The lightweight and rigging course contains one of the most exciting days of the whole seven month program: the first day you get in the water. In these four weeks, you’ll begin in the classroom, getting introduced to the diving equipment. You’ll take your first breaths through the helmet using surface supplied air. You’ll end the course doing midwater projects off the barge, just like a diver in the field.
"Your entire world becomes about 1.6 cubic feet."- Lightweight Instructor
Is in the classroom, where you’ll learn about helmets (called hats), suits, recompression equipment, and life support equipment. You learn about the roles that different people play in a dive, and try all your gear on dry.
You’ll get in the water, and continue gear familiarization underwater. Our Lightweight Instructor explains that the experience of your first dive is unlike any other. “Your entire world becomes about 1.6 cubic feet,” he says. With one instructor often in the water with you and one on the barge, you’ll learn to become comfortable with surface supplied breathing, communication devices, and your gear. You’ll also start to master the steps of working around other people in the water, which takes focus, as you all have hoses attaching you to the surface. You’ll learn basic emergency procedures, such as how to go on bail out, and use line pull signals to communicate between divers and tenders, as well.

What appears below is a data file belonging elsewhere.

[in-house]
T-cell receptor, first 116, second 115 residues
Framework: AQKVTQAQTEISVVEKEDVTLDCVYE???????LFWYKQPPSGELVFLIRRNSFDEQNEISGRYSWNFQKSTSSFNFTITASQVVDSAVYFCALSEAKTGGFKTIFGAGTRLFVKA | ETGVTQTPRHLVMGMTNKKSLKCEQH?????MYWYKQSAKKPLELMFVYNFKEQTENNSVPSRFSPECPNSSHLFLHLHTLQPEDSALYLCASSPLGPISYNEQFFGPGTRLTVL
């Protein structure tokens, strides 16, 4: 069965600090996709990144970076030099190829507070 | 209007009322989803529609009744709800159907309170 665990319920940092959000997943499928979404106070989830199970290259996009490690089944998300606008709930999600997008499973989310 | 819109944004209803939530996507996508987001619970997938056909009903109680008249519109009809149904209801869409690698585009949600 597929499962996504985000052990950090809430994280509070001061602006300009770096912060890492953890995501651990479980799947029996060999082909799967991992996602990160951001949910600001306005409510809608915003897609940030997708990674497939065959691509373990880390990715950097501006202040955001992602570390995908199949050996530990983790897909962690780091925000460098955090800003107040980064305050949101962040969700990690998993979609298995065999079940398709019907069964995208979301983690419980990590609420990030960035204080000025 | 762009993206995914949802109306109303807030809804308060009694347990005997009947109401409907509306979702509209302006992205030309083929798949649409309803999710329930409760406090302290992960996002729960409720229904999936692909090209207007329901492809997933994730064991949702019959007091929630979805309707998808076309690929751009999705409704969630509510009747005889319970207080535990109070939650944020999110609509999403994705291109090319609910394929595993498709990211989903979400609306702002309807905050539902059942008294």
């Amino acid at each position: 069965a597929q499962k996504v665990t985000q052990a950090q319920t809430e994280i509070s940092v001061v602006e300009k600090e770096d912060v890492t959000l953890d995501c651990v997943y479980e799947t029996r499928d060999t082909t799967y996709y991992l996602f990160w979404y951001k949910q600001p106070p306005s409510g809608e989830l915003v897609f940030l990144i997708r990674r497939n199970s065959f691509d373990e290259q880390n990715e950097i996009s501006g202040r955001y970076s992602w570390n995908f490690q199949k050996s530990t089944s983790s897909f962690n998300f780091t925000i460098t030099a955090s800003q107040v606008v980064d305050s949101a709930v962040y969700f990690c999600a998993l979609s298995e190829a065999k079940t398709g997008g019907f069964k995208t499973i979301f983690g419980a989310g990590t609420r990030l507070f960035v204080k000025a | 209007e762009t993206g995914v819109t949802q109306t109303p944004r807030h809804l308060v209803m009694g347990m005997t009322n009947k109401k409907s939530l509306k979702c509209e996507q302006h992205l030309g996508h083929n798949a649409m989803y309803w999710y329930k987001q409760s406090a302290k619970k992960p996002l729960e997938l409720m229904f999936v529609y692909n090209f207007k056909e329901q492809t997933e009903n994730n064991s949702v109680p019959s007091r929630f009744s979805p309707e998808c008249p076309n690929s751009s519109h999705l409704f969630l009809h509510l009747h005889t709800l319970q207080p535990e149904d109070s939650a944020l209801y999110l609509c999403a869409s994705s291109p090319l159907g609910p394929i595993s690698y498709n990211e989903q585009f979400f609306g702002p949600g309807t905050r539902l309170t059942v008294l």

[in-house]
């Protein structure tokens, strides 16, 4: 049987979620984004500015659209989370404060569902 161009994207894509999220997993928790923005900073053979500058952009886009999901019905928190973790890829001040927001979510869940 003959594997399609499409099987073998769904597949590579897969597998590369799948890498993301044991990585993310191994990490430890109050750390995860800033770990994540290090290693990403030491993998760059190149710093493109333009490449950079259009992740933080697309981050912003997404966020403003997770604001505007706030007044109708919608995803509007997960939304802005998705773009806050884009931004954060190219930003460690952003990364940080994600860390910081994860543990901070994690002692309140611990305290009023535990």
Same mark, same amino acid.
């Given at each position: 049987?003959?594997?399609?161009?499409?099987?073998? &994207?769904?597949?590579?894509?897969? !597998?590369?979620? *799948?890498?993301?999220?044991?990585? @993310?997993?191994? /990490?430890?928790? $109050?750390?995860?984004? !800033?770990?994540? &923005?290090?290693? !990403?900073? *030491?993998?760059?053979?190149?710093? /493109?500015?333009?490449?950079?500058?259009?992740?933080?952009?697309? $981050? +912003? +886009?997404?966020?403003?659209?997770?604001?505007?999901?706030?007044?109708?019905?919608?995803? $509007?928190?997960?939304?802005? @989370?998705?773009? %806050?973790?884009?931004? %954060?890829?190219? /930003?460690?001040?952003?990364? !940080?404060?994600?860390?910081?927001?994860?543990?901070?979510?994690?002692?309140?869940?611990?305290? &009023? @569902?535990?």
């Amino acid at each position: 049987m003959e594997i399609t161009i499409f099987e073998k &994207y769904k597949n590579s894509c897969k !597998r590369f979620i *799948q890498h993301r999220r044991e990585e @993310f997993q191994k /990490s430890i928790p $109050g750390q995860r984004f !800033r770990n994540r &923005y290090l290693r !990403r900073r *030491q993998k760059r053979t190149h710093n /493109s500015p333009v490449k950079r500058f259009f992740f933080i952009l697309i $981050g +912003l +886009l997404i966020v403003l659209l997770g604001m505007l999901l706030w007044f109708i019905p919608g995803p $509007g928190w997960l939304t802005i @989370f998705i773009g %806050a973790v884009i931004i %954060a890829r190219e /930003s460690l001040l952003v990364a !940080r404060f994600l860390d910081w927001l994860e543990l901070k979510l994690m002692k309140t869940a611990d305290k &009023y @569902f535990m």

You’ll move back to the classroom to begin rigging training. You’ll go over rules, safety, equipment, cranes, signals, and knots. Some of the knots you’ll learn are the square, sheet bend, bowline, cats paw, figure eight, clove hitch, and rolling hitch. Once you’ve mastered them, you’ll be put to the test, completing each, underwater, with a blindfold on.
You’ll receive instruction in important rescue techniques, including how to change out the air hose of a stricken diver. During this scenario, the rescue diver gives their pneumofathometer to the stricken diver to breathe on while their main air is removed. It’s challenging at first, but it instructor likes to remind students “…that these are all exercises they have done before, and now it’s just time to put them all together.”
You’ll go back down to the barge, and learn how to use lift bags, and a few midwater projects, such as a two person flange job. You learn how to use shackles, straps, pulleys, and come alongs underwater. The last day of the course is a hectic day on the barge, with students doing many different projects. It’s good practice to deal with focusing on what you are doing in a distracting environment.
...a good mixture of confidence and reckless abandon. It's a hostile environment, they need to have it in their head that 'I'm gonna get in there and I'm gonna do this'. They'll learn competence later but confidence helps in the beginning.